Five Ways Having a New Pup Is Changing This Veterinarian’s Approach to Pediatric Patients
Published on May 03, 2013
Her name is Violet, and she’s at once as wonderful, adorable, taxing and terrible as all new pups are wont to be. She’s my newest, the first pup I’ve had in well over a decade and the only working dog I’ve ever kept. (She’s in training to be my livestock guardian dog.)
All of this means I’m simultaneously over the moon, overwhelmed and exhausted. After all, is there anything as all-consuming as a high-drive dog who’s just learning to make her way in the human world?
I think not.
Insights on Starting Over Again
With all that in mind, is it any wonder I’m offering my clients a sparkly-fresh perspective on the pediatric experience? Here are five ways in which my puppy and kitten POV has been dragged out of storage and dusted off just in time for what’s left of 2013:
1. Yes, it’s harder (and more expensive!) than it looks. It’s not just you. Raising a brand-spanking-new puppy or kitten is a lot more work than you remembered it for a good reason: It’s *way* harder than it looks. The bathing, the mopping, the wiping, the praising, the correcting, the vet visits… and all that energy! The constancy of it all is enough to drive anyone mad.
Then there’s the money thing. Though my veterinary bills are lighter than yours and I’m making most of my own toys, I’ve made up for it in other areas. Puppy-proofing alone has been outrageously expensive. Those extra-durable cord covers, not to mention the guitar equipment protectors (my two boys are music nerds), have cost me a small fortune!
2. Consider the two techniques that work for every pediatric patient. With all that work to do, I suggest you don’t sweat the small stuff. I’ve had mine for a month now, and in the course of these few weeks, I’ve learned to take it easy on the “no” word and focus on two techniques: exhaustion and distraction.
After all, if she’s exhausted she’s quieter. In my case, that means lots of fetch, playing endlessly with a toy stick, and finding willing neighborhood dogs for super-intense play dates. (Schutzhund training is also on my horizon, as should puppy training be on yours if you have a new little teething machine.) But these techniques will differ depending on the individual pet’s drive… and his species. For example, if you’ve got a kitten, that may mean getting another. (Yes, really. IMO, two is almost always easier than one.)
As for distraction: Since my Violet has the attention span of a newborn gnat, throwing a toy at her head is a lot more effective than screaming “NO!!!!” every time she does something she shouldn’t. (Though this does to some extent depend on what that “something” is.) Luckily, most of my homemade toys are based on the use of recycled denim, well-worn bed linen and raggedy towels braided into cool shapes. As such, they bounce nicely off her thick skull.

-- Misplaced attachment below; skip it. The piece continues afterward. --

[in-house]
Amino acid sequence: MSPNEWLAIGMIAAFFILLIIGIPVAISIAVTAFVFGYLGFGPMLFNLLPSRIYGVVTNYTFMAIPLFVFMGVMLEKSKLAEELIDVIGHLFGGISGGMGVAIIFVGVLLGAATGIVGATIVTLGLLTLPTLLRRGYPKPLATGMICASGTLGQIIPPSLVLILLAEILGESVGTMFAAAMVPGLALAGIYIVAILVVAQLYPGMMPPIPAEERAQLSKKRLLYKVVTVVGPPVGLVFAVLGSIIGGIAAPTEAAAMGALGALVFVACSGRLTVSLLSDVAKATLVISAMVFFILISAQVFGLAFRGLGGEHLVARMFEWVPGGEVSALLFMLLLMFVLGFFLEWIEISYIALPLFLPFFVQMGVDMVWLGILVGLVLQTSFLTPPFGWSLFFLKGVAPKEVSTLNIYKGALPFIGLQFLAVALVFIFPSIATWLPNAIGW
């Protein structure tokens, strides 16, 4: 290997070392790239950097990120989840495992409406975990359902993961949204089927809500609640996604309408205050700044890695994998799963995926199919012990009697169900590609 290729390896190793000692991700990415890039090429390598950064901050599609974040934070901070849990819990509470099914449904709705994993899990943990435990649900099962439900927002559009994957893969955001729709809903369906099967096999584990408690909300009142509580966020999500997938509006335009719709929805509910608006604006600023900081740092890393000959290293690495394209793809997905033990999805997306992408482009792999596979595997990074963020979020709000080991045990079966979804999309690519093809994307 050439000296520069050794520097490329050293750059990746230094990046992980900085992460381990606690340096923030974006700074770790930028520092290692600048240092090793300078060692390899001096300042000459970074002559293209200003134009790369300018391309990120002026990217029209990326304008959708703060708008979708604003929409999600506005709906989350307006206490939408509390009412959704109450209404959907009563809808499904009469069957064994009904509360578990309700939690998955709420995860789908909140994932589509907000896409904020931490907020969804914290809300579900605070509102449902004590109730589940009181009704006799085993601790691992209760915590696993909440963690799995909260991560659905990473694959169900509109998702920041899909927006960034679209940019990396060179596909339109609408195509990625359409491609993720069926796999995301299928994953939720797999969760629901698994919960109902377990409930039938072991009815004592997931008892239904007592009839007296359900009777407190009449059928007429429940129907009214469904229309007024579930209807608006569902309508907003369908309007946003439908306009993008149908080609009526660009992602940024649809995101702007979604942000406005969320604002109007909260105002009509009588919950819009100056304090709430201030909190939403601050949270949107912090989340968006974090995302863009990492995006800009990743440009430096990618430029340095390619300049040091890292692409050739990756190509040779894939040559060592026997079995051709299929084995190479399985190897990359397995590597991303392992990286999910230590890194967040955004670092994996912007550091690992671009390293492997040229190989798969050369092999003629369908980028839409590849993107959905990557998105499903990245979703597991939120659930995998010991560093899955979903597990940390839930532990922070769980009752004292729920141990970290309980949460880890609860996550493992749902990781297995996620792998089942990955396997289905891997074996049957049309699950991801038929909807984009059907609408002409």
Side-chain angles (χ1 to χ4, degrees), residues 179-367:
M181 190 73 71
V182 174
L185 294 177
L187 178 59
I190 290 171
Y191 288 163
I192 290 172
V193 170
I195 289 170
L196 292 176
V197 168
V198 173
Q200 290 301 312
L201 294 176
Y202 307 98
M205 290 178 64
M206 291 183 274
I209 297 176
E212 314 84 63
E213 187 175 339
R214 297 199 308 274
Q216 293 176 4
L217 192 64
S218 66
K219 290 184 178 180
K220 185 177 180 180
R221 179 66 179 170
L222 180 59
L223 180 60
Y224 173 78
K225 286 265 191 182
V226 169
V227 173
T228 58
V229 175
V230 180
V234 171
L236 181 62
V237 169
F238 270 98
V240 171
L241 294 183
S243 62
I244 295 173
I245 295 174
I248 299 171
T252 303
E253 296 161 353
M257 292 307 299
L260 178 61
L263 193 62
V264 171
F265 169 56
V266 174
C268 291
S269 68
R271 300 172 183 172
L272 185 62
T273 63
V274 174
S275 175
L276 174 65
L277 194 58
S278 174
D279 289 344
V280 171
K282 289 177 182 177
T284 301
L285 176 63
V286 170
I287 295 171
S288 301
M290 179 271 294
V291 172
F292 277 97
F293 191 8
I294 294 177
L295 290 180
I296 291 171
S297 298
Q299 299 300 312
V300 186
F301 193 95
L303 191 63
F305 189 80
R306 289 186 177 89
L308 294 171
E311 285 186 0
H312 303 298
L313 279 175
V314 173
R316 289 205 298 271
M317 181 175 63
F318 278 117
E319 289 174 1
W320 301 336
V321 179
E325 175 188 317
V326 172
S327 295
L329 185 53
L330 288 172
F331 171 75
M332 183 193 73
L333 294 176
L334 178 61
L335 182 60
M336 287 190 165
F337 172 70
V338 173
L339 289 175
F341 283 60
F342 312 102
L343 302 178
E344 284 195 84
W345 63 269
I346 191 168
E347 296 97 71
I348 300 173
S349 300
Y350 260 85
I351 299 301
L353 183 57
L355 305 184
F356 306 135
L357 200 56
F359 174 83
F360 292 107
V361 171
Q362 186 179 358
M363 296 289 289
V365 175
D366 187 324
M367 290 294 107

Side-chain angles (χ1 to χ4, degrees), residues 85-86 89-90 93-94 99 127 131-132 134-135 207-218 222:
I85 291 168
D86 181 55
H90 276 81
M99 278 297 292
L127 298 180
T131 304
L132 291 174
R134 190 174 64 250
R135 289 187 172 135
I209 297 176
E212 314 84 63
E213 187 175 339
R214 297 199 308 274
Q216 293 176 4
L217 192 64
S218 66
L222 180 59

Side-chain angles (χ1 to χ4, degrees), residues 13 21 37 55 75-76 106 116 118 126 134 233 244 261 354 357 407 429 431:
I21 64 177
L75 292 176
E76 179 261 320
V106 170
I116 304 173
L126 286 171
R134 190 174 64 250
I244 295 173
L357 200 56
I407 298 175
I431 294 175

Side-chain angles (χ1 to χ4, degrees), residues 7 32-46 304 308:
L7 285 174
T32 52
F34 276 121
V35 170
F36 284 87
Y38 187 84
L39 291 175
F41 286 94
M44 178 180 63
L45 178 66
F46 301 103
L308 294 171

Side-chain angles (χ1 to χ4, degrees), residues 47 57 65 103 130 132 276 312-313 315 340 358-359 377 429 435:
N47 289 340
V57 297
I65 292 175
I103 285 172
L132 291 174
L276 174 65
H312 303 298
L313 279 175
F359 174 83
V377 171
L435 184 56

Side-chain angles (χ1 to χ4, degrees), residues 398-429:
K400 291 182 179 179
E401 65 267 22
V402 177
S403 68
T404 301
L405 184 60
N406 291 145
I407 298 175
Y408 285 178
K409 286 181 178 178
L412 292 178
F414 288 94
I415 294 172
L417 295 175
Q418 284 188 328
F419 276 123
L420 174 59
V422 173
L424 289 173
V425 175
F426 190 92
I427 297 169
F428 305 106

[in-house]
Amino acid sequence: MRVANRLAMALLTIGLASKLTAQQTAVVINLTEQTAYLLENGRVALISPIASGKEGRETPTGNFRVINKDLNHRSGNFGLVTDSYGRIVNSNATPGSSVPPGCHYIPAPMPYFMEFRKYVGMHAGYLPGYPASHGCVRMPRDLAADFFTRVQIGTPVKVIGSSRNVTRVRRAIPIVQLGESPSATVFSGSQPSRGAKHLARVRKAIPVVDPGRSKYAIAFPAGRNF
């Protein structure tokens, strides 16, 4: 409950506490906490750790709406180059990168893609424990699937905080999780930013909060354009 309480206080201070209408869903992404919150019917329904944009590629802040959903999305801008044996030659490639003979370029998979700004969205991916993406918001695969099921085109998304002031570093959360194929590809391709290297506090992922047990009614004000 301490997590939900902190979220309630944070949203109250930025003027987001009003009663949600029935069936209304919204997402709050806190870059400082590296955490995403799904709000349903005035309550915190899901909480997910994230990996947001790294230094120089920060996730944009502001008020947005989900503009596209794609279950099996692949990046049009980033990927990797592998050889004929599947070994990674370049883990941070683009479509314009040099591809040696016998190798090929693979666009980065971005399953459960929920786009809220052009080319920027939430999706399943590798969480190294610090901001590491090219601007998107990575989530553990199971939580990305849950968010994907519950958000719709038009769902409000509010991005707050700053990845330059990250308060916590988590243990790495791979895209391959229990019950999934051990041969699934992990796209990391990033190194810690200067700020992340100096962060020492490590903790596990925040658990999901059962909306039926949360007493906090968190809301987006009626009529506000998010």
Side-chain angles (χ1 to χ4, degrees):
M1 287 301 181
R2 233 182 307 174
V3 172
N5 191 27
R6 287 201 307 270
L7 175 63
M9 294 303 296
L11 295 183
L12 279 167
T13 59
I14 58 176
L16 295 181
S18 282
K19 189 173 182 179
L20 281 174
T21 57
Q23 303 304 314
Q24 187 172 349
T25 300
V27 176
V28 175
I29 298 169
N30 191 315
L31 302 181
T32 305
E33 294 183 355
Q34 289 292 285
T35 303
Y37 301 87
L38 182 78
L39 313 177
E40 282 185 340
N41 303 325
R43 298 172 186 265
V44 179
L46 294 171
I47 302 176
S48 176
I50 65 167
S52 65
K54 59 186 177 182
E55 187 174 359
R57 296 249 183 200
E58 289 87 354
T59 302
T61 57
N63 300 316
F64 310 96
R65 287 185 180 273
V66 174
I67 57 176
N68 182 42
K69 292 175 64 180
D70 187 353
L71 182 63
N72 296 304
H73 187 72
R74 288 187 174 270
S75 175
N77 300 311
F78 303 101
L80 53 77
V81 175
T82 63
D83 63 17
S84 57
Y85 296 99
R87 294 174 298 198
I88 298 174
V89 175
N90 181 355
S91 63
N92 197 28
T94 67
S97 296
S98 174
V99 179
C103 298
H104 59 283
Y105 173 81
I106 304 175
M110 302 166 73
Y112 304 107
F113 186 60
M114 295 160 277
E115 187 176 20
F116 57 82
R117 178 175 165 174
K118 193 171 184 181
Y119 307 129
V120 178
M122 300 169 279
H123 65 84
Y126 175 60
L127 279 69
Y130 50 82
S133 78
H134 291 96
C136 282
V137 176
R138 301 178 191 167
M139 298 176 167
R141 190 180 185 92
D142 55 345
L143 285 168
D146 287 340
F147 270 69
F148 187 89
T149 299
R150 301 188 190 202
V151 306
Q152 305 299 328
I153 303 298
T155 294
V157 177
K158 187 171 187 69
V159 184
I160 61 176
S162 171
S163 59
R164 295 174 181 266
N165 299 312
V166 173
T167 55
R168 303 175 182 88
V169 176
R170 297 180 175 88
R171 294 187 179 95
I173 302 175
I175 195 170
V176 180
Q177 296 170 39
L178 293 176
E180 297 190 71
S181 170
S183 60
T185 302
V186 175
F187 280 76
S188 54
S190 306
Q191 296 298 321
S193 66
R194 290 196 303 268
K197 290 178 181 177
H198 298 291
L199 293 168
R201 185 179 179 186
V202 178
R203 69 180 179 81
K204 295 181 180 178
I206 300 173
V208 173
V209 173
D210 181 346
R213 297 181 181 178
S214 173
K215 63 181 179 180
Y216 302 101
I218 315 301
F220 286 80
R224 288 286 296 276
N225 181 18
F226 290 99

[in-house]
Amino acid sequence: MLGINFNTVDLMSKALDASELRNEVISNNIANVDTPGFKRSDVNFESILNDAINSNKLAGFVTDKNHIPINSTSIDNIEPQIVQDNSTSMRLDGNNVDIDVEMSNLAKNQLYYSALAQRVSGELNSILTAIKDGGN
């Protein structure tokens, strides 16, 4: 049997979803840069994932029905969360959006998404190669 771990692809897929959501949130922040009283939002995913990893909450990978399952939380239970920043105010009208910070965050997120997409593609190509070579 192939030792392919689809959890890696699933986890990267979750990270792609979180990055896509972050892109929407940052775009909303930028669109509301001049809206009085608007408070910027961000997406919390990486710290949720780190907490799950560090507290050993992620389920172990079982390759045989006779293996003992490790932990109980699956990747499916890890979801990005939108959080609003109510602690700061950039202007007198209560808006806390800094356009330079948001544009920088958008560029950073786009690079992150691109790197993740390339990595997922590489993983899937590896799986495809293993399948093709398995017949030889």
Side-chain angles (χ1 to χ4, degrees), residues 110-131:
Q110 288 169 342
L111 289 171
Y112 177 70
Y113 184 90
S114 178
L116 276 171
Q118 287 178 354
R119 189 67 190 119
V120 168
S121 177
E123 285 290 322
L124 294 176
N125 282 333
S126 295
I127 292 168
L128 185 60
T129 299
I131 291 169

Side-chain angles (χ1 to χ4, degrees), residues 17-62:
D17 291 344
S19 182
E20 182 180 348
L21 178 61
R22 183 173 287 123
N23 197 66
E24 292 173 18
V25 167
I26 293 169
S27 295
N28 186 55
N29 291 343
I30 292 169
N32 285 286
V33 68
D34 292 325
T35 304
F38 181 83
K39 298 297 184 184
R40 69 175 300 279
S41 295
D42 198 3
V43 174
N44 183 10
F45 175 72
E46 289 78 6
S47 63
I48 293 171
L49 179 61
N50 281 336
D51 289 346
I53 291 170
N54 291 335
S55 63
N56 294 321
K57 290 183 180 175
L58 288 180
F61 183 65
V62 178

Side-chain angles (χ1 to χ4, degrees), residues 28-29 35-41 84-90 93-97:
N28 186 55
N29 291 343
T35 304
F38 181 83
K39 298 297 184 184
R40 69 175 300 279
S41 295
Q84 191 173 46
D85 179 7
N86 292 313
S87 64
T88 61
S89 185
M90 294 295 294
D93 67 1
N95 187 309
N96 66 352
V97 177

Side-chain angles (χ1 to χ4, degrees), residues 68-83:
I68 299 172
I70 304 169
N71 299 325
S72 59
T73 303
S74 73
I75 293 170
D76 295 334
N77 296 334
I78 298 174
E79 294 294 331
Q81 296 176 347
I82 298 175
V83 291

3. Time to think about pet insurance. Even veterinarians need pet insurance. The prospect of a gastrointestinal misadventure or an adverse orthopedic experience is enough to scare me into getting a policy. After all, specialists are expensive! (Ask your veterinarian for a recommendation on a pet insurance carrier.)
4. Get up to speed on the science. Recommendations are changing all the time. So much so that even we veterinarians can find ourselves practicing yesterday’s medicine if we’re not careful to watch out for the newest thinking in pediatrics. Here are some issues commonly in flux:
- Vaccine schedules (for example, some vaccines may not be considered necessary where you live).
- Ideal timing of sterilization (this may vary more than you might think).
- Socialization (early and often is the key here –– for both cats and dogs).
- Parasite prevention (SO many choices!).
Read up on these issues here. Vetstreet has it all.
5. Relax. Find ways to play in places where the two of you can relax. That may mean spending more time in a well puppy-proofed room, in a puppy class or at the park.
Socialize Your Pup
Oh… and try not to stress so much about taking your pup out into the world without her full complement of puppy vaccines. It’s far more important that your puppy get out and experience the world than that she remain “safe” but bereft of a well-rounded social experience. That being said, it’s best to limit your pup’s exposure to dogs you know for a fact have been vaccinated, rather than unknown pups at the dog park.
And remember that sometimes you have to *make* time to enjoy your youngling. After all, frequent positive interactions provide the building blocks for the powerful lifelong relationship you doubtless hope to establish.